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Daughter of troubled US woman ‘habitually resident’ in the UK

The four year-old child of an American mother and Moroccan father is ‘habitually resident’ in the UK, the High Court has concluded.

In London Borough of Hackney v JC and Others, the child in question is now four. Referred to in the judgement as ‘SR’, she was taken into care in 2013 after being rushed to hospital in Hackney, east London. She had lost consciousness.

In the High Court, Mr Justice Hayden noted:

“There is no doubt that this was a serious and potentially life threatening episode.”

Doctors discovered swelling and bruising in different parts of the girl’s body. Subsequent enquiries by social workers and the police established that the girl had suffered “significant harm” as a result of the “excessive physical restraint” used by her mother. When she later admitted “inappropriate chastisement”, the mother was arrested, and when bailed, forbidden from having unsupervised contact with her daughter.

The girl was initially placed with her foster carers under a police protection order, then under the authorisation of the Children Act 1989. Section 20 of the latter requires local authorities to provide accommodation for children who cannot be cared for by their parents.

SR’s father lived in his native Morocco. Her mother, meanwhile, was diagnosed with a number of personality disorders concerned with antisocial behaviour and social dependency.

Care proceedings began but question marks arose over the question of whether or not SR was in fact ‘habitually resident’ in England. If she was not, the English courts would not have jurisdiction over her. She had been born in the Moroccan town of Chefchaouen, where her parents lived before their separation and the mother’s subsequent return to England.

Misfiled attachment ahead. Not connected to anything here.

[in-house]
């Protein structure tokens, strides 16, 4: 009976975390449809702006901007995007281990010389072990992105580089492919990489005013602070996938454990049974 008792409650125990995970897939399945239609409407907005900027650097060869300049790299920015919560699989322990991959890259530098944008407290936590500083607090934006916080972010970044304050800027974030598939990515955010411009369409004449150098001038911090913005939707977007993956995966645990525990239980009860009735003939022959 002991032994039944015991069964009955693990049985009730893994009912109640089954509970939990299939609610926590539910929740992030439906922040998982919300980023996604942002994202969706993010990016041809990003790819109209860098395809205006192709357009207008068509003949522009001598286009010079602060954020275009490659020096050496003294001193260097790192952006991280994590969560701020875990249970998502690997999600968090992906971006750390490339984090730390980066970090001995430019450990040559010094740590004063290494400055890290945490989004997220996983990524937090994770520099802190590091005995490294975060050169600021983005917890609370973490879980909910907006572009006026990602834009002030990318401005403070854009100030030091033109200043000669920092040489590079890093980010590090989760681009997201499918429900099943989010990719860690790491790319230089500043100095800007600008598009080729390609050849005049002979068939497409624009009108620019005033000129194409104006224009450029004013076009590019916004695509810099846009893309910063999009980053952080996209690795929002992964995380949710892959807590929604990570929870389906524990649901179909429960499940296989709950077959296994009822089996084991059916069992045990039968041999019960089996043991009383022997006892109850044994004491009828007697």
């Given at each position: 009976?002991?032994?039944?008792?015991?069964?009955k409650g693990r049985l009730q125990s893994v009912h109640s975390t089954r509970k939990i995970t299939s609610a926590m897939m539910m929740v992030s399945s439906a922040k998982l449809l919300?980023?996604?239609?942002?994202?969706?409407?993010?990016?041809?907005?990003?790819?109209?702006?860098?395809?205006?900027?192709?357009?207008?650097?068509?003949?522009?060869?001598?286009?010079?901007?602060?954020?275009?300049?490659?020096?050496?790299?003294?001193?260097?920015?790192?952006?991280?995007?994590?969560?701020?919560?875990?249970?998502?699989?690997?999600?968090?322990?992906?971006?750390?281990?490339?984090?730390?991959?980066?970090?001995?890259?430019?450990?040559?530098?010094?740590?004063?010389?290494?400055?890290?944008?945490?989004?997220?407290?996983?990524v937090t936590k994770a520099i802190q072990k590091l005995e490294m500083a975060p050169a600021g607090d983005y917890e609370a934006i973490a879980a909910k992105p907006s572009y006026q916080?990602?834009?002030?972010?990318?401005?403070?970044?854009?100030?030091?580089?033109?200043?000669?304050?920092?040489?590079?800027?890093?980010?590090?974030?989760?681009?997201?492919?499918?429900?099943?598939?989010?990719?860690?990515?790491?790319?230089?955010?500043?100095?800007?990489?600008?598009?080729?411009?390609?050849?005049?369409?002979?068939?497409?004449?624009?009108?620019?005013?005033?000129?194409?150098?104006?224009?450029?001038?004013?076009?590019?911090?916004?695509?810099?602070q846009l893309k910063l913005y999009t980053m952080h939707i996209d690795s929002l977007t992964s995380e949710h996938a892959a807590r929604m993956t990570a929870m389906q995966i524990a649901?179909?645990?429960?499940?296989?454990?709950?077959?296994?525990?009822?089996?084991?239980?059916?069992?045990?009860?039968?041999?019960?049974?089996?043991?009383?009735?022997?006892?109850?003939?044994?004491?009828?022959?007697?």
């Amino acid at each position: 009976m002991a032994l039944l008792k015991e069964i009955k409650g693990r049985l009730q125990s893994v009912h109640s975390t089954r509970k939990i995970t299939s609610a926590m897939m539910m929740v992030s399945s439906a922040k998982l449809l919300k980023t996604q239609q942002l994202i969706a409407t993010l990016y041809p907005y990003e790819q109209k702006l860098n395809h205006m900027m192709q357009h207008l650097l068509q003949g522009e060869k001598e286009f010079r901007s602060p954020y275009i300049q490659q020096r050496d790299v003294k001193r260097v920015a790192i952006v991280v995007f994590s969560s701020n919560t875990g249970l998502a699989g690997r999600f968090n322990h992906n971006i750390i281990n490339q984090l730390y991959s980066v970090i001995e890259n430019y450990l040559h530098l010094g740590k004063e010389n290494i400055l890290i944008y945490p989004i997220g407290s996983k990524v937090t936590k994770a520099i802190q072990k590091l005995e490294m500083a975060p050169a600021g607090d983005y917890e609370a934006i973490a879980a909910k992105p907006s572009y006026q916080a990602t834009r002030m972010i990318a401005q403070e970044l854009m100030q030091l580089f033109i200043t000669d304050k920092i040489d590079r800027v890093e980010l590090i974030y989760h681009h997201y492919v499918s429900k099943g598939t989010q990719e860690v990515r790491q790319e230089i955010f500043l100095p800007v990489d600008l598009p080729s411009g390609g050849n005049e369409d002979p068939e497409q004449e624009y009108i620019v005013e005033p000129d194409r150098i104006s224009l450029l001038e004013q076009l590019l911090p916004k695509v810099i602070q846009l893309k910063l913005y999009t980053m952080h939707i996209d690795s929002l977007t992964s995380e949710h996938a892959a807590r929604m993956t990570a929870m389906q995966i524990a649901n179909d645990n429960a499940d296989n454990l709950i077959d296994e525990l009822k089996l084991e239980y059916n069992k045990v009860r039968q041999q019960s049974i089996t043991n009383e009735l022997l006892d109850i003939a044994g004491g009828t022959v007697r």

Although a US citizen by birth, the mother had, explained Mr Justice Hayden, developed “roots” in England after first travelling here to attend university. Following a restless period, she had come to regard Britain as her home and had been keen for her daughter to gain British citizenship, he added. During her time in Morocco she had made no effort to learn Arabic or to improve her command of French, which is also spoken in the country. The mother had travelled back to the UK frequently with SR and had given no indication of plans to settle permanently in the north African nation.

The Judge therefore concluded:

“For most of the time SR’s mother has been her entire social and family environment; as such I find that her own habitual residence is and has been throughout her life, like that of her mother, the United Kingdom.”

Read the judgement here.

The blog team at Stowe is a group of writers based across our family law offices who share their advice on the wellbeing and emotional aspects of divorce or separation from personal experience. As well as pieces from our family law solicitors, guest contributors also regularly contribute to share their knowledge.

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